My mom and dad would have been here to see me off this afternoon, an impossibility because Raymond Datcher was arrested last week on a DUI and has been handed down the sentence of serving time in the county jail or undergoing rehab, and, surprise, has chosen rehab, where he’s now under lock and key 24 hours a day for 30 days. While my mother is now blooming, a bright berry, in one of her lucid seasons, she preferred saying goodbye over the telephone rather – such a goodbye would not be as emotional for her. But she was able to give me her blessing, and when I asked her if she thought, after dad was out, they would consider living in California, her response was, Why not, your father has never had a real career, just a string of jobs, he should be able to get a job and drink himself to death anywhere.

Yes, the happy ending would be that my father would be genuinely clean and sober, and my mom’s bright berry of lucidity would never fade. Sugar Boy would have what he deserves, richer by hundreds of thousands, instead of mulling over a deal gone sour before it could be launched, the Maytag subsidiary left in its crib, financially stillborn, the money needed for the corporate offspring never materializing. When he received the news Sugar Boy was too busy worrying, paying me daily visits, to fall into his broken trampoline of depression, and the only thing he said in connection with the vanished opportunity was that he would keep on inventing.

Turk? Shayna would feel what her name intimates and barely avoids echoing – shame – and she wouldn’t have returned to Turk only days ago, once again tormenting him about his weight. And in this happiest of endings he would find peace with himself, peace if weight fell from his body, peace if the weight remained.

Dodge, of course, would have been arrested, placed in San Quentin, no requisite minimum-security prison reserved for the white-collar criminal and the wealthy for him. Or preferably he’d be confined to a mental institution instead of still roaming the grounds of his father’s estate, unfettered as a sociopath’s thought processes. By the time the helicopter landed on Washington Island near the tip of the peninsula, he knew that it was Existentia in the wedding gown and not Sage, and when they landed she simply walked away. Maybe knowing he can’t have Sage will be prison enough.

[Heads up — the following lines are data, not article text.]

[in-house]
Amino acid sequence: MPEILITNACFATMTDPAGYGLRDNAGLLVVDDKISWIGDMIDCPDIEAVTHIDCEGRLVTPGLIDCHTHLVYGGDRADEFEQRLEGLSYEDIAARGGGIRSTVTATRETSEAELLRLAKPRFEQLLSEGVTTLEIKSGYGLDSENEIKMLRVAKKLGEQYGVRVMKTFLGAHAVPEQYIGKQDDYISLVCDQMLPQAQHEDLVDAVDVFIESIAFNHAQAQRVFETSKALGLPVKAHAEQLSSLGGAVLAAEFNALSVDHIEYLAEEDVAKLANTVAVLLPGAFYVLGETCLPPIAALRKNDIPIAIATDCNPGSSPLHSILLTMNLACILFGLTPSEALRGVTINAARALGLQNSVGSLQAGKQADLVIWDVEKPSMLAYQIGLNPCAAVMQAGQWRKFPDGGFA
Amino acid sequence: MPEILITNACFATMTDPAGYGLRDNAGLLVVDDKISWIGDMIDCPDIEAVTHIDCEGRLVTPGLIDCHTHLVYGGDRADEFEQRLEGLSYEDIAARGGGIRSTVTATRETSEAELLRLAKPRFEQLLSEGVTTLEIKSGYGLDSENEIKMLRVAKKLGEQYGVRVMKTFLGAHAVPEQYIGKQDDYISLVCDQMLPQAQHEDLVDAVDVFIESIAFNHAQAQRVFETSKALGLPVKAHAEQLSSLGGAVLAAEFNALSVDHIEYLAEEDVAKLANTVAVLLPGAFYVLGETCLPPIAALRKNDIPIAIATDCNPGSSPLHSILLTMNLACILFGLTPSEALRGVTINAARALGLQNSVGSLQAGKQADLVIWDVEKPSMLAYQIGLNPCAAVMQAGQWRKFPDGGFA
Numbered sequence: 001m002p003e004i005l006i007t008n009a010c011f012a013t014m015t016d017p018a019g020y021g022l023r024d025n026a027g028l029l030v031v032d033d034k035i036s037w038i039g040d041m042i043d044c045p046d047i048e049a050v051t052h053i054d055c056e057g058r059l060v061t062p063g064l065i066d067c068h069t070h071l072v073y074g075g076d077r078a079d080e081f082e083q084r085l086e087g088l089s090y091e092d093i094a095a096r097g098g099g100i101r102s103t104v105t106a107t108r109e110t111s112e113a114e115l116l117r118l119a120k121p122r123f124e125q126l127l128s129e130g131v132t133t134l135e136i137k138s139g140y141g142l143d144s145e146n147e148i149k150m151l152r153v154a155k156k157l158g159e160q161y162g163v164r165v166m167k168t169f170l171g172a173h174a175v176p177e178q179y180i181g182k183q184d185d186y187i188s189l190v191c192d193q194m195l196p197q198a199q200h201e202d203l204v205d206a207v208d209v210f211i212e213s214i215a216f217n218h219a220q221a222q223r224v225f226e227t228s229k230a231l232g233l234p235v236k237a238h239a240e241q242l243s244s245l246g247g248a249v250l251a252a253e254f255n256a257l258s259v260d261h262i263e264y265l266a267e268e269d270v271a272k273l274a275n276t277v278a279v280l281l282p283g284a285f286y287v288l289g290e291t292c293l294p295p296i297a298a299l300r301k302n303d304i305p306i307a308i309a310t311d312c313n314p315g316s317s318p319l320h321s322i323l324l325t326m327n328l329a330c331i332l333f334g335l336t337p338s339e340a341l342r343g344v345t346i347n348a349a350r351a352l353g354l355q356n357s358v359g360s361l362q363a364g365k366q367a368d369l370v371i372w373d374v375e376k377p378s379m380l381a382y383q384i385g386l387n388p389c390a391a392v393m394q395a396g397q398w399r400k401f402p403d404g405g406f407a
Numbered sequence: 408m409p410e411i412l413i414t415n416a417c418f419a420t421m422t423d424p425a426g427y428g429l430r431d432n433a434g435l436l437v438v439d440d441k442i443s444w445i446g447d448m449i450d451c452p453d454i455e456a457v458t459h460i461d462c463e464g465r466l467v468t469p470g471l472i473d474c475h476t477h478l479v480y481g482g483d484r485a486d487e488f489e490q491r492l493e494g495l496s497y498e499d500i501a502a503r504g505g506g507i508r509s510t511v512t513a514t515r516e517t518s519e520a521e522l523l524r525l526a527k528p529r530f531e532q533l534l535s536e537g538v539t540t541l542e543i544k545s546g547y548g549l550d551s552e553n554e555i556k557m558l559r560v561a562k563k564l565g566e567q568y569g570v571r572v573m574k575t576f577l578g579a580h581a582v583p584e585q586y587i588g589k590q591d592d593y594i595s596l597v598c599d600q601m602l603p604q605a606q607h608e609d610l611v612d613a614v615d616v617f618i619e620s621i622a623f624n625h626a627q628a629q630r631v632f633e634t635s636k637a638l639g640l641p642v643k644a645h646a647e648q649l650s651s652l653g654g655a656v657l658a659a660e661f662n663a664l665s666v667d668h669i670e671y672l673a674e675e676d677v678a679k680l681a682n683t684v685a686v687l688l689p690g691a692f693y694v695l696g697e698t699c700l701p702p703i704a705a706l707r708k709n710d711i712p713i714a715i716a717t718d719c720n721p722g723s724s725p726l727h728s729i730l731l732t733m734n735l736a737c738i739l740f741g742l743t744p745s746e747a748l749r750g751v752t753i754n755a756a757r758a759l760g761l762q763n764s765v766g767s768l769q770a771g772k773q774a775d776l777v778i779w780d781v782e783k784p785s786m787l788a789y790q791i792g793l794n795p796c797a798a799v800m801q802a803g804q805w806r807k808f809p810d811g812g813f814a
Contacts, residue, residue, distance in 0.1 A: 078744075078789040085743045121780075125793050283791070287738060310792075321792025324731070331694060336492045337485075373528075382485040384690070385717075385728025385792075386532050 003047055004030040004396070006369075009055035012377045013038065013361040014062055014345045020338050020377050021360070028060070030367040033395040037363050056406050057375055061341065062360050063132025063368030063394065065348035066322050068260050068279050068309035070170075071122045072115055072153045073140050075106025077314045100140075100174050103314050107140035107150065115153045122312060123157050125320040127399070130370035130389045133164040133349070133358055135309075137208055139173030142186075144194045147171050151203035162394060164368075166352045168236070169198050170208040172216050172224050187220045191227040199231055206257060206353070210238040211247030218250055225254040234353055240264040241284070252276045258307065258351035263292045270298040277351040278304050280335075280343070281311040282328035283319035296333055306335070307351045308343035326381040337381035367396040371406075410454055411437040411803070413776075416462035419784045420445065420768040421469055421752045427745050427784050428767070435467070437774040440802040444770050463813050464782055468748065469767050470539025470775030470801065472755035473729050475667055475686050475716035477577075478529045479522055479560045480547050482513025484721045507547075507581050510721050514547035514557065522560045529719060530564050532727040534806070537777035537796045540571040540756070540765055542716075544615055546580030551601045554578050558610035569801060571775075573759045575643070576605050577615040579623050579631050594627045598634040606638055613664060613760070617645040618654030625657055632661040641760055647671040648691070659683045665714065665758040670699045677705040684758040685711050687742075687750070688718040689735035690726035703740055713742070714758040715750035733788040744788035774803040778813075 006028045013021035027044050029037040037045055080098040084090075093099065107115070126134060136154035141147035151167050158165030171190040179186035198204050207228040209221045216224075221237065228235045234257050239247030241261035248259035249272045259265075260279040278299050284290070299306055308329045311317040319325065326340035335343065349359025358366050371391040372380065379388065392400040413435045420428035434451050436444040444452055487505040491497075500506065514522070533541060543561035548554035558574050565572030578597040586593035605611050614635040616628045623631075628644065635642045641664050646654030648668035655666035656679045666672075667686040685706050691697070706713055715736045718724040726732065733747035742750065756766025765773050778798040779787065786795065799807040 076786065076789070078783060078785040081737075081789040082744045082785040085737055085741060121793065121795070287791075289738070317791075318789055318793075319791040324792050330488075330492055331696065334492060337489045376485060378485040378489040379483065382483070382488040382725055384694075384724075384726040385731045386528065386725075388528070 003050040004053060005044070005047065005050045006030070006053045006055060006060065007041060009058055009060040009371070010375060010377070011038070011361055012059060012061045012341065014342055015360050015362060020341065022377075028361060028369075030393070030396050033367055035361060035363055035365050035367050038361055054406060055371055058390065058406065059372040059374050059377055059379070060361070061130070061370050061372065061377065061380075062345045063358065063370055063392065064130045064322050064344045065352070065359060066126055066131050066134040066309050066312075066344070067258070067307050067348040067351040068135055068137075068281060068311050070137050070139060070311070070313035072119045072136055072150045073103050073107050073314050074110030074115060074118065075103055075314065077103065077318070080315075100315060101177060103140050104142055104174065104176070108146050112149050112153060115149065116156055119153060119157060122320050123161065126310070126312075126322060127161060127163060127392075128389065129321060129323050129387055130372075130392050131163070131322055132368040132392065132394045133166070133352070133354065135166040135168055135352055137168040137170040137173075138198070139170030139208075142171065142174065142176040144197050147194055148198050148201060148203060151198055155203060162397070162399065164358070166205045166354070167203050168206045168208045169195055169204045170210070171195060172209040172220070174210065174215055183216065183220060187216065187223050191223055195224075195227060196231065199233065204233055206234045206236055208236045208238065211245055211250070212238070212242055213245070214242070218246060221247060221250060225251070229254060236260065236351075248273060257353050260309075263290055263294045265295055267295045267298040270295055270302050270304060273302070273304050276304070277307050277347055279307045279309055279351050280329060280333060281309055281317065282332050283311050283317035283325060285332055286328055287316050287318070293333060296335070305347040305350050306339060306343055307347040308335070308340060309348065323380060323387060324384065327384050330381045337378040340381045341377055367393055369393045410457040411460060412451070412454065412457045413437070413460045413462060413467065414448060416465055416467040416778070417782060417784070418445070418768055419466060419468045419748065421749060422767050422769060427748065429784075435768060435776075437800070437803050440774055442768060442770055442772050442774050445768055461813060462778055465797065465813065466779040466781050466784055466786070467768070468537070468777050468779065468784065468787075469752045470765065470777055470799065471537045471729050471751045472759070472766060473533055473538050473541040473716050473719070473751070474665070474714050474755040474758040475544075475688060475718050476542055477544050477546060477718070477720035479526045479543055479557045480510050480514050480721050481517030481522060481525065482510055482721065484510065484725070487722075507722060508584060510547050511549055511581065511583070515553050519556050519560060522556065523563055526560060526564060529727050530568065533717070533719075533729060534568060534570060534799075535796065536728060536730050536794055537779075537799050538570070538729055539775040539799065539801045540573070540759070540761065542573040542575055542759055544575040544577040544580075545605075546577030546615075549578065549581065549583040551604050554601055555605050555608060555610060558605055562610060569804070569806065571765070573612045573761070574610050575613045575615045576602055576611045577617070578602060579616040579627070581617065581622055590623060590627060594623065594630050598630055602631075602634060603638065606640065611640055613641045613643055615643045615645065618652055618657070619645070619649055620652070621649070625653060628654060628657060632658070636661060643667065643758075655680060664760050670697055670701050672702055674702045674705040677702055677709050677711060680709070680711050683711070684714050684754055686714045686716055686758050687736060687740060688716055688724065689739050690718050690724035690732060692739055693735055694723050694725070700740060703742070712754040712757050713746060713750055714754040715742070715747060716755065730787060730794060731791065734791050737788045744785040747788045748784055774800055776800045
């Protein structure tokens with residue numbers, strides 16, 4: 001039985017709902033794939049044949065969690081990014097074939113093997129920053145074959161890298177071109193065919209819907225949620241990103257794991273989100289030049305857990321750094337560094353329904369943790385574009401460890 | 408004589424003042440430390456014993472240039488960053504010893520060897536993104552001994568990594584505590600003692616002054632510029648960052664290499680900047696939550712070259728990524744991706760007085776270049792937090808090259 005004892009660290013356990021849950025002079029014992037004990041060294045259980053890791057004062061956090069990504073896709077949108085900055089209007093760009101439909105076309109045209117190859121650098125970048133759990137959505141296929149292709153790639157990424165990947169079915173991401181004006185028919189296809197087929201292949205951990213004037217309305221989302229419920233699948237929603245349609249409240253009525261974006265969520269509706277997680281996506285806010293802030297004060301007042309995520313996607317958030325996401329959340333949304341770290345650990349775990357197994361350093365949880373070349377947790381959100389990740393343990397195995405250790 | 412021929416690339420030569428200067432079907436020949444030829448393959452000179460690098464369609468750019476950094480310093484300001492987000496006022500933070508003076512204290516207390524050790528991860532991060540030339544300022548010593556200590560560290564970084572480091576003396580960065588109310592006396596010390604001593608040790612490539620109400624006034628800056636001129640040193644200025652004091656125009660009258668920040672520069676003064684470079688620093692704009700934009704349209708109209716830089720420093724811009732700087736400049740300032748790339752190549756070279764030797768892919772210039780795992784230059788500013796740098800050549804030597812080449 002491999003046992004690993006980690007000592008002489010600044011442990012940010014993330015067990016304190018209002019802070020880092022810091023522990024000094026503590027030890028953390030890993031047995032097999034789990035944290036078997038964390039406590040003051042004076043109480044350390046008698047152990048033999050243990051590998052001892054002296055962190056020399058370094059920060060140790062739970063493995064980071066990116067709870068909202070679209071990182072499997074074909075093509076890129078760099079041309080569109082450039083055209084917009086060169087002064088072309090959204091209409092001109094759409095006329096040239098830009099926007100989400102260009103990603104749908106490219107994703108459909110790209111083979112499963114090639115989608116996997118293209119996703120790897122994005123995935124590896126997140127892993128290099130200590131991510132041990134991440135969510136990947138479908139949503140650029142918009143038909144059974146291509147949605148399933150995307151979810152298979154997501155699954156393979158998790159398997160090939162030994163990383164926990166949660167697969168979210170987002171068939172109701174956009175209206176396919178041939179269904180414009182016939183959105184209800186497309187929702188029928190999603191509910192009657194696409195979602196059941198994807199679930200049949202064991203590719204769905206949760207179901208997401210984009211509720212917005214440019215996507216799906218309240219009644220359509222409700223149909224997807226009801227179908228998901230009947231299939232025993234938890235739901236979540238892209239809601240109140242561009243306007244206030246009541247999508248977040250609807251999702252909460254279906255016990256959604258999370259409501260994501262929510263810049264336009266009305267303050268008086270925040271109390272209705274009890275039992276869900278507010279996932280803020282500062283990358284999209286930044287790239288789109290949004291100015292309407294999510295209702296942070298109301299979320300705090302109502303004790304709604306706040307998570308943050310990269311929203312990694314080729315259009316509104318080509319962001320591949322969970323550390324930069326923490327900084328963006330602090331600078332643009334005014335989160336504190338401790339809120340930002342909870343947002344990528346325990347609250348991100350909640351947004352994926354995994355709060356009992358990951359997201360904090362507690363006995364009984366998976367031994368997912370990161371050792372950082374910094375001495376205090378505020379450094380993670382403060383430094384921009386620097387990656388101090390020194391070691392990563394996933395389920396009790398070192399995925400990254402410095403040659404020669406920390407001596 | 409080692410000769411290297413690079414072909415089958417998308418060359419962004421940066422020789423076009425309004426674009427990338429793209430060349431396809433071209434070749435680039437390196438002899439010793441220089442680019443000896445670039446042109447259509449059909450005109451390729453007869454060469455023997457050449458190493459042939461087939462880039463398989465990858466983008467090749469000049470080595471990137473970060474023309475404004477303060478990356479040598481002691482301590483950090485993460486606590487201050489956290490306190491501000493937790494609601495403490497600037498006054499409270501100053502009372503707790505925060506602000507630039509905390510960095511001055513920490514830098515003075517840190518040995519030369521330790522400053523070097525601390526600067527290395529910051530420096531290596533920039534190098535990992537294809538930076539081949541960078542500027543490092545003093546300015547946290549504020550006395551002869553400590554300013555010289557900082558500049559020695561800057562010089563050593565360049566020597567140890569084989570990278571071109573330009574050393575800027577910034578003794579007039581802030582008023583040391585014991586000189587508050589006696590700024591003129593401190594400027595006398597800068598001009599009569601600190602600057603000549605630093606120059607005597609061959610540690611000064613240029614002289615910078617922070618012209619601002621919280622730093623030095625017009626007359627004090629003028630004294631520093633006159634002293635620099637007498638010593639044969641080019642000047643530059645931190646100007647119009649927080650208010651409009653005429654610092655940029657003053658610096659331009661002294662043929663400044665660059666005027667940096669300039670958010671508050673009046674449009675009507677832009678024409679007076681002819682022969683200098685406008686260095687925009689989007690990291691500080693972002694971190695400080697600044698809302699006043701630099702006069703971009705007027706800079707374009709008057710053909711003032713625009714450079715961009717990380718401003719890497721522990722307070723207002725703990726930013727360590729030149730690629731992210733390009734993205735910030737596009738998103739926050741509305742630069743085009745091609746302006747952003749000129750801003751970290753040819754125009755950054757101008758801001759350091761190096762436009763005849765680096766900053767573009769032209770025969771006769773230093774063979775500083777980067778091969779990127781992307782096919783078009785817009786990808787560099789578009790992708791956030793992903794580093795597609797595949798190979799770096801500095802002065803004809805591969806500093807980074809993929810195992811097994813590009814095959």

Kyle would be surrounded by stun guns, with an infinite supply of batteries for triathlon endurance contests of self-inflicted electrocution.

Sophiala and Sigh would be in New Orleans, in a house with a fireplace blazing with Larry’s limbs.

As for Kodiac and Ricky Chang – it’s hard to imagine happy endings, in the commonplace sense, for people who always seem larger than life.

And as I’m imagining happy or appropriate endings for all the others, from Hollingdale to Joan Weller, from the Boy of Fleece to Existentia, for Mr. McGruter, the ravers and the members of the Federrakt, my cell phone rings, its tongue rolling R’s, and I answer it.

“Chekar mekoneed, azzizam? Koja hasteed?”

“I’m right here, on the plane, sitting in a wheelchair in a spot the flight attendant acts like was a shrine, I suppose because it’s in first class,” I tell Sage. “She’ll be back in a minute, then I’ll be transferred to a seat. Where are you?”

“I’m at mom’s. They’re sending her home tomorrow, with a clean bill of health. They think she hyperventilated, had an anxiety attack, got dizzy and just, I don’t know, I guess it was like a swoon or something.”

“Maybe she had a premonition we’d be coming.”

Sage wreathes my ear in laughter. “Any anxiety related to that would be because of me, not you. She loves you.”

“You know how I feel about your moms. I wonder what she feels anxiety about?”

There’s a digital burp as the signal breaks apart and reassembles. “With my mom it could be anything, she worries so much about things. And speaking of moms, I just talked to mama D. She says she’s relieved that your dad’s in rehab.”

“He should have done that a long time ago.”

“I think the relief was more for herself. She said she was glad to have time without him in her hair. I gathered that she and Mrs. Baterman are having a pretty good time by themselves.” As long as the words continue everything is fine, but every pause stretches the silence into the shape of a wok and fills it with the hiss of digital stir-fry. “I told her to think seriously about moving out there once we’re settled. Turk and Sugar Boy and Ricky were all there? Hallet chetorie? Rasteed? Are you okay?”

She was asking how the goodbyes affected me, whether the solemn air of ritual that seems to shroud friends and loved ones at the moment of leaving them behind had been, on some remote hilltop rising from beneath my breastbone, my coyote of sorrow baying at the moon.

“It happened so fast I don’t think it’s hit me yet.”

“Whenever those chuckleheads want they can come out and visit. I know you won’t let that not happen. But I did feel weird when I left. Even though we didn’t much like it in Milwaukee, I still felt a tad sad.”

“If nothing else, it’s where I met you. For everything else it wasn’t much good.”